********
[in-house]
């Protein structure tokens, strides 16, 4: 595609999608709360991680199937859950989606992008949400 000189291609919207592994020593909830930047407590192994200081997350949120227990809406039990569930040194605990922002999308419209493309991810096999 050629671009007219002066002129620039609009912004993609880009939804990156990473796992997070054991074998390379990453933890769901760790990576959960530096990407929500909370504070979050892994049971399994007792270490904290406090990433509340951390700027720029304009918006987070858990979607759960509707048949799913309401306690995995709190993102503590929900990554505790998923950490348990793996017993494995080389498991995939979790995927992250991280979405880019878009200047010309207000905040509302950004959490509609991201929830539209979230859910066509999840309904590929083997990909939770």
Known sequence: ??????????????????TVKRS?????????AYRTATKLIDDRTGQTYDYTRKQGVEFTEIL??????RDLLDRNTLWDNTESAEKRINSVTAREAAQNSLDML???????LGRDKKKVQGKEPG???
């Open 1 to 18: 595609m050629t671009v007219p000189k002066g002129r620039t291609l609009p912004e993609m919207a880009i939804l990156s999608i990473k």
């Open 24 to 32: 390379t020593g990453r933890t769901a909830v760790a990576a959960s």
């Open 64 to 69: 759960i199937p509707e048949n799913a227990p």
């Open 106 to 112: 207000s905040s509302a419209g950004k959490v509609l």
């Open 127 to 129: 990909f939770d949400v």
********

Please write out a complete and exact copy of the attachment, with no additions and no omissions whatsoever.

[in-house]
């Protein structure tokens, strides 16, 4: 595609999608709360991680199937859950989606992008949400 000189291609919207592994020593909830930047407590192994200081997350949120227990809406039990569930040194605990922002999308419209493309991810096999 050629671009007219002066002129620039609009912004993609880009939804990156990473796992997070054991074998390379990453933890769901760790990576959960530096990407929500909370504070979050892994049971399994007792270490904290406090990433509340951390700027720029304009918006987070858990979607759960509707048949799913309401306690995995709190993102503590929900990554505790998923950490348990793996017993494995080389498991995939979790995927992250991280979405880019878009200047010309207000905040509302950004959490509609991201929830539209979230859910066509999840309904590929083997990909939770």
Known sequence: ??????????????????TVKRS?????????AYRTATKLIDDRTGQTYDYTRKQGVEFTEIL??????RDLLDRNTLWDNTESAEKRINSVTAREAAQNSLDML???????LGRDKKKVQGKEPG???
């Open 1 to 18: 595609m050629t671009v007219p000189k002066g002129r620039t291609l609009p912004e993609m919207a880009i939804l990156s999608i990473k």
């Open 24 to 32: 390379t020593g990453r933890t769901a909830v760790a990576a959960s």
């Open 64 to 69: 759960i199937p509707e048949n799913a227990p």
């Open 106 to 112: 207000s905040s509302a419209g950004k959490v509609l």
């Open 127 to 129: 990909f939770d949400v």